3. both Mr Nguyen and Ms Bien gave evidence to the effect that existing tenant was trading badly.  It was their evidence that even if the existing tenant had an option, they were very unlikely to exercise it. It must follow (and was accepted by at least Mr Nguyen) that if the respondent retained the right to enter into a new lease with the existing tenant, they thought it was unlikely that the existing tenant would have been interested in entering a further lease.  If the evidence of Mr Nguyen and Ms Bien is accepted in this regard, they cannot have had any concern, at the time the lease was entered, that the existing tenant would be interested in negotiating a new lease with the respondent; and
    4. while it is the case that an undertaking was signed by Ms Bien on 24 August 2020, that step was not undertaken at Ms Bien’s instigation or for the purpose of providing her with advice but was done at the instigation of her solicitors and for the purpose of providing her solicitors with an indemnity.
  6. [144]
    The respondent also states that Mr Nguyen gave evidence that he knew that the respondent was not agreeing to a restriction from being able to enter a new lease with the existing tenant. However, when this evidence is considered in its entirety, I am satisfied that no such concession was made:

Yes.  So you knew that the landlord wasn’t agreeing to a restriction from being able to enter into a new lease with The Reject Shop?Yes.

Okay.  And that’s the basis upon which you agreed to enter into the lease?No.

Well, you knew that the landlord – okay.  You’ve just given evidence that you knew that the landlord wasn’t agreeing to the restriction from being able to enter into a new lease with The Reject Shop?They didn’t agree to first part of the clause, which means they have to try their best endeavour to get us the premises – to us.  That means that they cannot enter into a new law – a new lease or extend the expiry date with The Reject Shop because the fact that we have a contract there and that clause did say – and they did agree – that they would try their best endeavour to get the premises for us.  Then that to us clearly means that they cannot extend or enter into a new lease with The Reject Shop.  Very clear.

Mr Nguyen?Yes.

What I asked you a moment ago and you agreed with me is that I said – that by the landlord rejecting the restriction about being able to enter – sorry – by rejecting that part of the clause that you suggested, they rejected, that that meant that they were not restricted into being able to enter into a new lease with The Reject Shop and   ?In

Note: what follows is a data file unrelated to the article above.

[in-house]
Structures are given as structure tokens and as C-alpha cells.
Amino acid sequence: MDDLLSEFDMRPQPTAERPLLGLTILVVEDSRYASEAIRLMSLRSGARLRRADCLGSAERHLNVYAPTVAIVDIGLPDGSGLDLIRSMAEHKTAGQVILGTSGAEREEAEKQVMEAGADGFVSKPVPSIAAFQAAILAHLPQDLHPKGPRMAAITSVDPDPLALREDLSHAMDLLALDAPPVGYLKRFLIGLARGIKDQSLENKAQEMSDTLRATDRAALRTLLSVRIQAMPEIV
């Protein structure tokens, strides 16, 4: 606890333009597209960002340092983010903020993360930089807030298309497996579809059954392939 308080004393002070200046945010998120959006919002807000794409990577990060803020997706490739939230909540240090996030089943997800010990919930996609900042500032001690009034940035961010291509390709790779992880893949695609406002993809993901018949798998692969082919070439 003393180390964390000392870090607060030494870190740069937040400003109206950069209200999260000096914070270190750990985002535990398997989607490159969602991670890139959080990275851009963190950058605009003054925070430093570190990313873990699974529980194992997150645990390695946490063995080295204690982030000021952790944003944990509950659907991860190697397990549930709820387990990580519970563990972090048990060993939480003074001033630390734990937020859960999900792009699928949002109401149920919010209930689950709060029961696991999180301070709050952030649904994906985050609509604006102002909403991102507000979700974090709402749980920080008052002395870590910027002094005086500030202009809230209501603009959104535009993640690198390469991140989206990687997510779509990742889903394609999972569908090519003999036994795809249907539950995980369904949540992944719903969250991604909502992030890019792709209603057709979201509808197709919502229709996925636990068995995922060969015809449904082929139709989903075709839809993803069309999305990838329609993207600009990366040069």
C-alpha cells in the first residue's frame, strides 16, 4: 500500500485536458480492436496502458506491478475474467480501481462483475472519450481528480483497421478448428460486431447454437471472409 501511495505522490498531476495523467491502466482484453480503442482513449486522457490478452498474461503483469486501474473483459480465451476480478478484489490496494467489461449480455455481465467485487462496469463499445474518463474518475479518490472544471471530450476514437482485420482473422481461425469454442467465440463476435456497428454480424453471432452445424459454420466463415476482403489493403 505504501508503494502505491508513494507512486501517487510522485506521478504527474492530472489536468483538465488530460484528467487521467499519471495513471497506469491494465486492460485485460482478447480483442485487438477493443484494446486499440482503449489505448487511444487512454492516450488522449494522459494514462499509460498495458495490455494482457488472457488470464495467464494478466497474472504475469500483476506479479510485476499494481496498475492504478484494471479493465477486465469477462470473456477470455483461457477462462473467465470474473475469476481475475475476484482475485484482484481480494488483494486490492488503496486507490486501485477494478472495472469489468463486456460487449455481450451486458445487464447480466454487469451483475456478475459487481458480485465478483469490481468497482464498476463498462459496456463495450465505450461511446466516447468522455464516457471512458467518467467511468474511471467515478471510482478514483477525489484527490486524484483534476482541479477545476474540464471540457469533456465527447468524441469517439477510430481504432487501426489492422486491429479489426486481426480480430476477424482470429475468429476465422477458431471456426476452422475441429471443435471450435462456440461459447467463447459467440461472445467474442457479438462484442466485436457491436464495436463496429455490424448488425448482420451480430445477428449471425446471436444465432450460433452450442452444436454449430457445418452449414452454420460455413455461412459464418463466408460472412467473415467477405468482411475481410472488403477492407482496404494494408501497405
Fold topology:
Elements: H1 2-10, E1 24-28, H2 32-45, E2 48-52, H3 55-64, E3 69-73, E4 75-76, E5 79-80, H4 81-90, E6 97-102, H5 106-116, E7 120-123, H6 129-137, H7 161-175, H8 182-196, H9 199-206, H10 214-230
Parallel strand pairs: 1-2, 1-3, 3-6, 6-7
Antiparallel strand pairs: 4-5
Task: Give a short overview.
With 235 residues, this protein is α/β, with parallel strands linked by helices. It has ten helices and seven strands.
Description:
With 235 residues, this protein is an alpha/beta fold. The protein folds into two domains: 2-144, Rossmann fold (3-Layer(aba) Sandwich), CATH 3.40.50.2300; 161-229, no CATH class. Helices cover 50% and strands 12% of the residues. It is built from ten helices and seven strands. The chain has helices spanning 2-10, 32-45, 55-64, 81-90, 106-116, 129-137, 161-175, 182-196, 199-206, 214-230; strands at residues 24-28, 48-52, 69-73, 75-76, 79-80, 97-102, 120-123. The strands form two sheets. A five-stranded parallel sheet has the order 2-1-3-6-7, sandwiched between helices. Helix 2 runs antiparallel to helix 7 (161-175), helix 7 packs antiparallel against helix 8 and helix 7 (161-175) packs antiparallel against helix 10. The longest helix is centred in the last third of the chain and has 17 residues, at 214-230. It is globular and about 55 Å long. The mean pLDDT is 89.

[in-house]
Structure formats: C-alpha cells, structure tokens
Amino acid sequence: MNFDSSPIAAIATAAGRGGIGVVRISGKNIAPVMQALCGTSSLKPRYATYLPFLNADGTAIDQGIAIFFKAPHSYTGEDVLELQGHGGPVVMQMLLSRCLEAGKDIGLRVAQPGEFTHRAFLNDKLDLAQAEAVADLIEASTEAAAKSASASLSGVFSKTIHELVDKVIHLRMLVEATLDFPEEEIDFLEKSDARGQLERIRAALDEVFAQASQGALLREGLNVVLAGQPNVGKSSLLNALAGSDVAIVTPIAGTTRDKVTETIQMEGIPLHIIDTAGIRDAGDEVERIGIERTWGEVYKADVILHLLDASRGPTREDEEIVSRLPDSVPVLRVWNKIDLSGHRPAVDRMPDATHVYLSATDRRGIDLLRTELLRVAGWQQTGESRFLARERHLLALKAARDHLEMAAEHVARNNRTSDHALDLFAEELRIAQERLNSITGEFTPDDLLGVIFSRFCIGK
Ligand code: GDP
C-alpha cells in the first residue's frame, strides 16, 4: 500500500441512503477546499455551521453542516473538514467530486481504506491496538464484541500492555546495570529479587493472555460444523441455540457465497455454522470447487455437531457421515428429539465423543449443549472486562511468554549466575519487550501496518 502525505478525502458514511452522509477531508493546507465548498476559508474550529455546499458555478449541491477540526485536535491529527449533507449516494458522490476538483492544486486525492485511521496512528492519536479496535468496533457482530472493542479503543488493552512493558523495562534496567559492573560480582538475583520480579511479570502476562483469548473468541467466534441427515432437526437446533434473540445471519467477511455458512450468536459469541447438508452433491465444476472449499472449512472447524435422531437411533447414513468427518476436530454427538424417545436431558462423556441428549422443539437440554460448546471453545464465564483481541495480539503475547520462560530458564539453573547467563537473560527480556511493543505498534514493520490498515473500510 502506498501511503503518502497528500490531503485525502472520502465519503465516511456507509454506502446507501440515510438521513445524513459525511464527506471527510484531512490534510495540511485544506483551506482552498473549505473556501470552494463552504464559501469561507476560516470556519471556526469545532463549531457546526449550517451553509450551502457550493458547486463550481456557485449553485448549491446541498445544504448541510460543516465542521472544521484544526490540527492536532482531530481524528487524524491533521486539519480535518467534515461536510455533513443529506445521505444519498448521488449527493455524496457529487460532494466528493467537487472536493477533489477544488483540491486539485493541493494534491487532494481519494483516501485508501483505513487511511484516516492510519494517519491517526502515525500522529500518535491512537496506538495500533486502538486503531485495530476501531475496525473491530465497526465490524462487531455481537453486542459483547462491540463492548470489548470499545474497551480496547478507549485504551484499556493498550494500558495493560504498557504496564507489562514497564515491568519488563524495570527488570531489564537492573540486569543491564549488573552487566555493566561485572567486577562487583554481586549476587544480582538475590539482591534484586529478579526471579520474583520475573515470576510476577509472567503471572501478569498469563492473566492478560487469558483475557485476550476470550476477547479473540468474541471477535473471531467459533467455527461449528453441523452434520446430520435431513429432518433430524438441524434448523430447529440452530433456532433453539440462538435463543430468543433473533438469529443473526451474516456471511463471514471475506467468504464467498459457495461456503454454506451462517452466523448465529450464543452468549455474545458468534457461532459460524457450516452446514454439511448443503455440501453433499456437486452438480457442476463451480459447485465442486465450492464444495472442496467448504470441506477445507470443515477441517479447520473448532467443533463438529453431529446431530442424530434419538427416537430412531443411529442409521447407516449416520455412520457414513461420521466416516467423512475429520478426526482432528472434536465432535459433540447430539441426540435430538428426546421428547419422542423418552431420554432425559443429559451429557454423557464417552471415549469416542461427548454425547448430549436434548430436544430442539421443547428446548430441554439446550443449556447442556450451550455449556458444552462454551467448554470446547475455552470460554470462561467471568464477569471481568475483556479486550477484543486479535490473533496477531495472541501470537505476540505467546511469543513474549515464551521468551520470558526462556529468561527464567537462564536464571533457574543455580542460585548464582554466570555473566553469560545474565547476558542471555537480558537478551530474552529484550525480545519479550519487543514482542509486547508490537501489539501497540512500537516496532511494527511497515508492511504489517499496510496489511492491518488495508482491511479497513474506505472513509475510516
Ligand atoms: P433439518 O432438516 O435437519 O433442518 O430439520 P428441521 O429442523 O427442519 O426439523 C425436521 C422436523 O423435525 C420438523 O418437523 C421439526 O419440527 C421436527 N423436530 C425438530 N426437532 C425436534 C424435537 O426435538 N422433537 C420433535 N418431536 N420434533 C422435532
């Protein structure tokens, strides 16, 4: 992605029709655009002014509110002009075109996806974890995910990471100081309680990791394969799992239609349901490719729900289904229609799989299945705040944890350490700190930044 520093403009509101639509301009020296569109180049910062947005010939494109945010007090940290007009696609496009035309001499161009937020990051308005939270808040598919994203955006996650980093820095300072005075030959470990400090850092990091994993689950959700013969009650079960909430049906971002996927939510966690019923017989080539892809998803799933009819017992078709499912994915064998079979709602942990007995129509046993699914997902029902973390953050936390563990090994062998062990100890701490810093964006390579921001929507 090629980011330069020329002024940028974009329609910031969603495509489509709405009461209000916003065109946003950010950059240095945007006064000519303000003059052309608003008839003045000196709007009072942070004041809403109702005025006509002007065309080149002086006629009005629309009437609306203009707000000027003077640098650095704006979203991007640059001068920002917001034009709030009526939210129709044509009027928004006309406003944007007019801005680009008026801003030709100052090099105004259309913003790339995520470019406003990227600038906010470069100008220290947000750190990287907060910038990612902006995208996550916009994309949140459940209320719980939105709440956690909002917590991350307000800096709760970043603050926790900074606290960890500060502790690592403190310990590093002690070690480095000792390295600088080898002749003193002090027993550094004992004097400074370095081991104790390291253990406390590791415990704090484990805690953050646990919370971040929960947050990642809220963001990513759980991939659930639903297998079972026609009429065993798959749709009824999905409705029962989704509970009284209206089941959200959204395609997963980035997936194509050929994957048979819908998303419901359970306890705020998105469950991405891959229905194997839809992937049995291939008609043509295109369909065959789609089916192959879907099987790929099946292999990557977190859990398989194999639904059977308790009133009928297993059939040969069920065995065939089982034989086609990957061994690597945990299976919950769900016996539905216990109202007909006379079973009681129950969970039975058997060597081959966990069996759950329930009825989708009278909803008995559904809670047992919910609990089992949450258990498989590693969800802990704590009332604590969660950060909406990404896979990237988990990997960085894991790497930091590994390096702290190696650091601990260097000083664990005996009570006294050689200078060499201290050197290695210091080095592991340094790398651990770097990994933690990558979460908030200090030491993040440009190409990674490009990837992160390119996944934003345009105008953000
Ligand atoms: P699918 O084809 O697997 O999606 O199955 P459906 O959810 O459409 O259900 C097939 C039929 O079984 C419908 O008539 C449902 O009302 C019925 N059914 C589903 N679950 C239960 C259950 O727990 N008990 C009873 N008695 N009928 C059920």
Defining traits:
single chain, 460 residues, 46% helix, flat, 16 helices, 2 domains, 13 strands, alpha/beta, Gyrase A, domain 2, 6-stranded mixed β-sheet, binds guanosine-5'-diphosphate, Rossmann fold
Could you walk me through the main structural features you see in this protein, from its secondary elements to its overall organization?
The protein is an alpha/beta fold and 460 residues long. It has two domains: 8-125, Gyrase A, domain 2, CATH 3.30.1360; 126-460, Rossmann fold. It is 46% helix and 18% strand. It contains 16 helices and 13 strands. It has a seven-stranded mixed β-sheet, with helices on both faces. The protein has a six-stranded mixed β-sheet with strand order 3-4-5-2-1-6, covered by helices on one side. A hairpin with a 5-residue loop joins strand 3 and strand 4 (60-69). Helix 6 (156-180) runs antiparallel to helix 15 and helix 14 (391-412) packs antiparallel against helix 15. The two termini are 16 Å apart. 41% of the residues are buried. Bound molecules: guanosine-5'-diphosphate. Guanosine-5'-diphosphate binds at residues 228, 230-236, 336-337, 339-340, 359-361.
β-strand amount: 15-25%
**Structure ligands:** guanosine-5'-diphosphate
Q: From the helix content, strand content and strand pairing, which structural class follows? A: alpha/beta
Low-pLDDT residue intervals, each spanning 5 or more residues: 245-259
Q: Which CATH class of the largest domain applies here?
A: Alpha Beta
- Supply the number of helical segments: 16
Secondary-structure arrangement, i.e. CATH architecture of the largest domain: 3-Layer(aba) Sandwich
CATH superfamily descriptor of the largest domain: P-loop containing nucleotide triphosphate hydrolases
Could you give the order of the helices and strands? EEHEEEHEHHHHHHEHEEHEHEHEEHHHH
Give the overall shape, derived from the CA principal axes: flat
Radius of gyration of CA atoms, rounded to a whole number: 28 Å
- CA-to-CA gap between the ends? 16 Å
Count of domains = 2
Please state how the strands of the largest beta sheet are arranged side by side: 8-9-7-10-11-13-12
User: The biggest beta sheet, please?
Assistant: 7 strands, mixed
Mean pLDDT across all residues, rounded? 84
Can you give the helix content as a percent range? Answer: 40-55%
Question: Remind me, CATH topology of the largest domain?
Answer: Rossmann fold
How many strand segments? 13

you agreed with that proposition?In that situation where if the land – The Reject Shop has an option, then they – then if they agree with that – with that – with our proposed clause, then it means that they would’ve been in breach the contract with The Reject Shop.  That’s the reason why we agreed for that to not be in the contract because it was reasonable.

Now, the clause that you put in – and you’ve given this evidence – was so that a new – and the particular part of the clause that I read out to you -

The landlord must not extend the expiry date of the existing tenant’s lease –

were agreed that that was so that a new lease couldn’t be entered into with The Reject Shop.  Now, that has been agreed – well, it’s that clause has not been agreed to by the landlord, so the effect of that, isn’t it, that they’re not agreeing with your proposition that they’re excluded from entering into a lease with The Reject Shop?That’s not our understanding   

HER HONOUR:   Do you understand the question?That’s not – that’s not our understanding at all. 

HER HONOUR:   So perhaps if we can withdraw them, the question may be simpler, because we’re – I am concerned whether the witness has understood – and it’s particularly that question that you asked previously, that   

MR HARDING:   I understand, your Honour.

HER HONOUR:      you particularly liked the answer to.  MR HARDING:   Yes.  All right.  Mr Nguyen, after the clause in relation to the expiry – the extension of the expiry date of the existing tenant’s lease was rejected by the landlord, you say in your second affidavit you had some discussions with your mother about that?Yes.

And I think I’m right to say that you said that well, they might have rejected that, because there could have been an option?Yes.